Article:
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U.S. Department of Justice
Office of Community Oriented Policing Services
Policing is facing crises in hiring, retention, and recruitment; high profile use of force incidents; and damaging, expensive payouts following such incidents. Many people have suggested solutions for each of these crises individually, but a new initiative out of New York University (NYU) suggests one in particular: Hire more women.
The 30x30 Initiative is housed at NYU’s Policing Project, and its objective is simple: By 2030, 30 percent of sworn law enforcement will be female (currently it is 12 percent). The research is clear and the need is urgent. According to the 30x30 Initiative, some research suggests that female officers are
The 30x30 Initiative is focused on collecting, processing, and redistributing accurate data on hiring and retention; providing evidence-based assistance to departments interested in hiring more female law enforcement professionals; identifying and removing barriers to entry for female candidates; and forwarding the academic study of women in law enforcement. Though the project is data-heavy, the pledge that participants sign (which contains tasks listed as “essential,” “strongly recommended,” and “recommended”) and the tasks named in it are being adapted so that agencies with all levels of data fluency can participate and benefit from the effort.
Maureen McGough, the chief of staff at the Policing Project, not only shared the guiding documents of the initiative but also graciously answered follow-up questions. The responses have been edited for length and/or clarity.
Simply put: You can't be what you can't see. We are encouraging agencies to ensure their recruitment materials reflect their commitment to demographic diversity. At the same time, agencies must be transparent about their current demographics so diverse applicants can make an informed decision about applying. We're also encouraging agencies to think creatively about where and how to stage their recruiting events and establish community partnerships to better understand how to reach individuals they're looking to hire. This is applicable to all demographic diversity, not just gender.
Research shows that if an individual is in an underrepresented group, small barriers to applying are enough to deter them from the process altogether. We're therefore encouraging agencies to review their application process for microbarriers that may be contributing to lack of diversity. The reality is that many of the assessments used in agencies have been around for decades, haven't been validated, and were created by White men at a time where White men were the default. It's not about lowering the standards; it's about changing the standards to better match the actual requirements of the job. In doing so, I suspect you'll see higher pass rates for diverse demographic groups.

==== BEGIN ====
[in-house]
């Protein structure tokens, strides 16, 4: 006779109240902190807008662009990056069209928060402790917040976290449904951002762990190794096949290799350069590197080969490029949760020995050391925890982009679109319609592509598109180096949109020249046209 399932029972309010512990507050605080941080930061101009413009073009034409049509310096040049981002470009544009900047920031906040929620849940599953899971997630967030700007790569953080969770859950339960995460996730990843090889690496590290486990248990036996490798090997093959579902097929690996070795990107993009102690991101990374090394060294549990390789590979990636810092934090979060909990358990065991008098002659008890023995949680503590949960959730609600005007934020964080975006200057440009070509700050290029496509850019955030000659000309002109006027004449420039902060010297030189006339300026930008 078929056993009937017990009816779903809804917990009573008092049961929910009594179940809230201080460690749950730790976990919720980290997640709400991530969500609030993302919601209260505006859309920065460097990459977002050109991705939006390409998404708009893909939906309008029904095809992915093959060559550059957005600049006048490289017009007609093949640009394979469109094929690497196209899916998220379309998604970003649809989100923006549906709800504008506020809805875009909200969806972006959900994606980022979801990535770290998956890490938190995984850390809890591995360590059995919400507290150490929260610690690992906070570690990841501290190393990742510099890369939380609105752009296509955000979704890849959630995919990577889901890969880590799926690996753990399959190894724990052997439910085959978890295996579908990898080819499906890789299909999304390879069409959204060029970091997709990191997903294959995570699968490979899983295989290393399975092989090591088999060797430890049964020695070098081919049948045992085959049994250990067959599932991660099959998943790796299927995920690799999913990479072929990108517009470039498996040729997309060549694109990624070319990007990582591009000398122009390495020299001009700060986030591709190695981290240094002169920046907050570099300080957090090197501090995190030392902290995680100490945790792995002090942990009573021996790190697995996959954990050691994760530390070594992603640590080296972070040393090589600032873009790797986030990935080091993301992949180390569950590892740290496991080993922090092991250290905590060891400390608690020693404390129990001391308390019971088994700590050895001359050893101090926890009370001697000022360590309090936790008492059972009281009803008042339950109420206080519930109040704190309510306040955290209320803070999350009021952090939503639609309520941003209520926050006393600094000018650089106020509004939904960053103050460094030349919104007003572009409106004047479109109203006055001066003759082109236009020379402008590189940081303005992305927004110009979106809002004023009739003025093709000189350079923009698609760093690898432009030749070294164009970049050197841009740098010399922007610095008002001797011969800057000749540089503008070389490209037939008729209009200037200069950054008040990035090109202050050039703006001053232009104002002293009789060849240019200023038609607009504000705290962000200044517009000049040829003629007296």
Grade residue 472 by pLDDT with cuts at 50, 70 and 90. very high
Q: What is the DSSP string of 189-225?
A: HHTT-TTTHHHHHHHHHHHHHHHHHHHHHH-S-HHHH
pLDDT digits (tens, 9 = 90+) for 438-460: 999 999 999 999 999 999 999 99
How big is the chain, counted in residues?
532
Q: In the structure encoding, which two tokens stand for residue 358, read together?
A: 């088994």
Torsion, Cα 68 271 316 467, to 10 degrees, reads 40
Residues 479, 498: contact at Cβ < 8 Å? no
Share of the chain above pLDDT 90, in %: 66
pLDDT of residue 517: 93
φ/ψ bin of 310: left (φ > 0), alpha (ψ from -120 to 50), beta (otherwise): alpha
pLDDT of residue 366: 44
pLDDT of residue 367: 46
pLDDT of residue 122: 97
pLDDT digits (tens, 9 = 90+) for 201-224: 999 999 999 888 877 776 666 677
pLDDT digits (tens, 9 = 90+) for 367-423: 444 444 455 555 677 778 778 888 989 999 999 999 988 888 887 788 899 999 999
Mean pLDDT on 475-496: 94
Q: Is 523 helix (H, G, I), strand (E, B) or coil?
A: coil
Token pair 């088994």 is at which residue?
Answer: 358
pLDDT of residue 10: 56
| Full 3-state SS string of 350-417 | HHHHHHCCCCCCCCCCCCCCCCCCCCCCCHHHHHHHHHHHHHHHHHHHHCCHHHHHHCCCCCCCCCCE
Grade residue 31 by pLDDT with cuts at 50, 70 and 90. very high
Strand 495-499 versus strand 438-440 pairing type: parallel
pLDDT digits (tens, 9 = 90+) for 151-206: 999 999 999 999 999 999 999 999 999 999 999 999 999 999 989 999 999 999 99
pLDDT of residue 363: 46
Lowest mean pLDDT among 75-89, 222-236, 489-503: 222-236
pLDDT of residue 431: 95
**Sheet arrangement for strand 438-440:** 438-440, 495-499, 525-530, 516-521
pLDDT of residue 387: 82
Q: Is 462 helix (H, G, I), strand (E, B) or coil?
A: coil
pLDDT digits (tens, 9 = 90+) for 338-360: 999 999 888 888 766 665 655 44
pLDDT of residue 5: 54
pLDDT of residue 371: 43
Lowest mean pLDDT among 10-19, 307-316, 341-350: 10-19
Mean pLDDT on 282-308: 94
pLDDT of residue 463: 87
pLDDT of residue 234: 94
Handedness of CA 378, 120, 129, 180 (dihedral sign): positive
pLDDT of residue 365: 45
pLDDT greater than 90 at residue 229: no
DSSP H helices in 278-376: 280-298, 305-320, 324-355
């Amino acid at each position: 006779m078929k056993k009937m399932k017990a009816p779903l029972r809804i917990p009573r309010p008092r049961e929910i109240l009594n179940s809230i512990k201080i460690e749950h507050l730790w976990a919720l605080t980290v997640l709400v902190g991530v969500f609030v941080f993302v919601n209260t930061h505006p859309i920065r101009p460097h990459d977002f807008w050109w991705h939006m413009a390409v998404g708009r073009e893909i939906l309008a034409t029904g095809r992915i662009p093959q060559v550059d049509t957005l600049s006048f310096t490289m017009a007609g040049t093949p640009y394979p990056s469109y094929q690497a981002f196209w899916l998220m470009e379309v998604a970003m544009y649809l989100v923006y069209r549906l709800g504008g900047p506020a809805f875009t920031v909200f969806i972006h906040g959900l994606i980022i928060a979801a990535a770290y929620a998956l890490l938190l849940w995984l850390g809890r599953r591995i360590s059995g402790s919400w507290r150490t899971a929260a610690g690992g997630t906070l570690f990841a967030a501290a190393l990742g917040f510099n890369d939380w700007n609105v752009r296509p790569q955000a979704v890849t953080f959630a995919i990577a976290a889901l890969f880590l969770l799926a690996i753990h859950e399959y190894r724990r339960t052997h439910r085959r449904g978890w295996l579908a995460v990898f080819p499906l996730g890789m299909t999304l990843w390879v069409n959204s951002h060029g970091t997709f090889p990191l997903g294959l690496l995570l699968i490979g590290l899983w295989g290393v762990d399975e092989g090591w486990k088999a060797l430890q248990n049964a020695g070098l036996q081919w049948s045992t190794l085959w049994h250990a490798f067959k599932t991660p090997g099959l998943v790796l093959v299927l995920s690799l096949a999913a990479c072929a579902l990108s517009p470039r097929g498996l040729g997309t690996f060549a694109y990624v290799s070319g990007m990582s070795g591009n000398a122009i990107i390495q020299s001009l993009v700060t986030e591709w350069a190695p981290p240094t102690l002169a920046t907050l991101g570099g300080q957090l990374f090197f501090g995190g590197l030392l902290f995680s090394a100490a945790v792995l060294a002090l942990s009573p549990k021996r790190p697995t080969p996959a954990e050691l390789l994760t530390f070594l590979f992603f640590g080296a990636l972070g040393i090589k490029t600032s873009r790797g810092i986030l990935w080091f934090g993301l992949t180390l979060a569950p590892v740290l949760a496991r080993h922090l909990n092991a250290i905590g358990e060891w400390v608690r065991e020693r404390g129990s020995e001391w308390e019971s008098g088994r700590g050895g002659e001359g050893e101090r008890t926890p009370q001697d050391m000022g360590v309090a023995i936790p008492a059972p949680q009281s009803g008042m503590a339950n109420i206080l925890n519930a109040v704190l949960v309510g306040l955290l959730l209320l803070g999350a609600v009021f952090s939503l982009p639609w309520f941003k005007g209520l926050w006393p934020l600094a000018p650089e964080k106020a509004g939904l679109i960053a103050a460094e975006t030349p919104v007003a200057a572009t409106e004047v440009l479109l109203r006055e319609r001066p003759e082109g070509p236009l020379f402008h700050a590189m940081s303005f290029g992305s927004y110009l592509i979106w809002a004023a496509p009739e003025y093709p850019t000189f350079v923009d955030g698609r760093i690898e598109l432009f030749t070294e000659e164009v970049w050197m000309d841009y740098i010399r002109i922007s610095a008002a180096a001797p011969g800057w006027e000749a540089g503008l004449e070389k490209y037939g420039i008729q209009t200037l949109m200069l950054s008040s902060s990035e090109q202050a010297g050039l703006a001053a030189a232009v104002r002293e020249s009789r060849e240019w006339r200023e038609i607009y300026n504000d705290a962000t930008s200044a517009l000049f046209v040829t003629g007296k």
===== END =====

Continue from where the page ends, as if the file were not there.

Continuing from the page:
I also suspect our focus on improving parental leave policies will help attract young millennial and Gen-Z candidates. Research shows Gen-Z places a premium on work-life balance and personal well-being. If agencies are able to improve their support—not just for mothers but for all parents returning to the workforce—that could be impactful. Not to mention that in many ways, policing is a comparatively stable career, and many jurisdictions offer pensions and full retirement after 20 years of service.
Our current focus is on improving the representation of sworn police officers, given the significant underrepresentation and the strength of the research that demonstrates the importance of improving representation. We hope to expand to civilians in agencies, though we anticipate many of the approaches to improving experiences for women officers will benefit civilians as well. We know these issues are not unique to policing, and we hope that the work of 30x30 provides a framework for supporting improvements for other public safety agencies.
If you are interested in learning more or in participating in the 30x30 Initiative, please contact email@example.com.
Sarah K. Estill
Social Science Analyst
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